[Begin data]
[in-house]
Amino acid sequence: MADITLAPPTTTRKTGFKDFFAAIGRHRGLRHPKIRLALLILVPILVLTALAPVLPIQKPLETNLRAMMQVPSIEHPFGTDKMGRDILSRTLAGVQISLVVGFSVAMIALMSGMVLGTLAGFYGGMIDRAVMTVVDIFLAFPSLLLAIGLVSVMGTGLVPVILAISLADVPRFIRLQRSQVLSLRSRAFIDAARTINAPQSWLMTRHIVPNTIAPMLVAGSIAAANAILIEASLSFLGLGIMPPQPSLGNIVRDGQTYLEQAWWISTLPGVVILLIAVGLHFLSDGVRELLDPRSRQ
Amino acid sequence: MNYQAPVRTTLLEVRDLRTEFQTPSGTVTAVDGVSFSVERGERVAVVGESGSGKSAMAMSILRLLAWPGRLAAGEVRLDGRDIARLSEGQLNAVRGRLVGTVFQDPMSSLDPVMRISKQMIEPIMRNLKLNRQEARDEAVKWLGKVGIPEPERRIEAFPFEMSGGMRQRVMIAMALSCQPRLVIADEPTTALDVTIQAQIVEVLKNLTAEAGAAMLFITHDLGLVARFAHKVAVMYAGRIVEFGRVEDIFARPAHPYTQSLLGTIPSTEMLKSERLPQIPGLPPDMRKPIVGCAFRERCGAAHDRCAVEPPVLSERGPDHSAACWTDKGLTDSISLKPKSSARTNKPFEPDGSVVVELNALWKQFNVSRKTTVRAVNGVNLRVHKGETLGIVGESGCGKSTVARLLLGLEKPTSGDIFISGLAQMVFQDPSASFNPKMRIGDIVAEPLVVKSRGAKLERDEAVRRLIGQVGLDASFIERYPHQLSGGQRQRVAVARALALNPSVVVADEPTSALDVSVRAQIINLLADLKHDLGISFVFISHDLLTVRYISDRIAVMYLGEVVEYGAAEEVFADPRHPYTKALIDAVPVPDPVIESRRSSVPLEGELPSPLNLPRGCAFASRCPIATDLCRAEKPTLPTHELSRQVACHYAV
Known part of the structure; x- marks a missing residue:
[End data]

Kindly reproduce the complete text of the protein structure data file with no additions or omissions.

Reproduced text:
[in-house]
Amino acid sequence: MADITLAPPTTTRKTGFKDFFAAIGRHRGLRHPKIRLALLILVPILVLTALAPVLPIQKPLETNLRAMMQVPSIEHPFGTDKMGRDILSRTLAGVQISLVVGFSVAMIALMSGMVLGTLAGFYGGMIDRAVMTVVDIFLAFPSLLLAIGLVSVMGTGLVPVILAISLADVPRFIRLQRSQVLSLRSRAFIDAARTINAPQSWLMTRHIVPNTIAPMLVAGSIAAANAILIEASLSFLGLGIMPPQPSLGNIVRDGQTYLEQAWWISTLPGVVILLIAVGLHFLSDGVRELLDPRSRQ
Amino acid sequence: MNYQAPVRTTLLEVRDLRTEFQTPSGTVTAVDGVSFSVERGERVAVVGESGSGKSAMAMSILRLLAWPGRLAAGEVRLDGRDIARLSEGQLNAVRGRLVGTVFQDPMSSLDPVMRISKQMIEPIMRNLKLNRQEARDEAVKWLGKVGIPEPERRIEAFPFEMSGGMRQRVMIAMALSCQPRLVIADEPTTALDVTIQAQIVEVLKNLTAEAGAAMLFITHDLGLVARFAHKVAVMYAGRIVEFGRVEDIFARPAHPYTQSLLGTIPSTEMLKSERLPQIPGLPPDMRKPIVGCAFRERCGAAHDRCAVEPPVLSERGPDHSAACWTDKGLTDSISLKPKSSARTNKPFEPDGSVVVELNALWKQFNVSRKTTVRAVNGVNLRVHKGETLGIVGESGCGKSTVARLLLGLEKPTSGDIFISGLAQMVFQDPSASFNPKMRIGDIVAEPLVVKSRGAKLERDEAVRRLIGQVGLDASFIERYPHQLSGGQRQRVAVARALALNPSVVVADEPTSALDVSVRAQIINLLADLKHDLGISFVFISHDLLTVRYISDRIAVMYLGEVVEYGAAEEVFADPRHPYTKALIDAVPVPDPVIESRRSSVPLEGELPSPLNLPRGCAFASRCPIATDLCRAEKPTLPTHELSRQVACHYAV
Known part of the structure; x- marks a missing residue: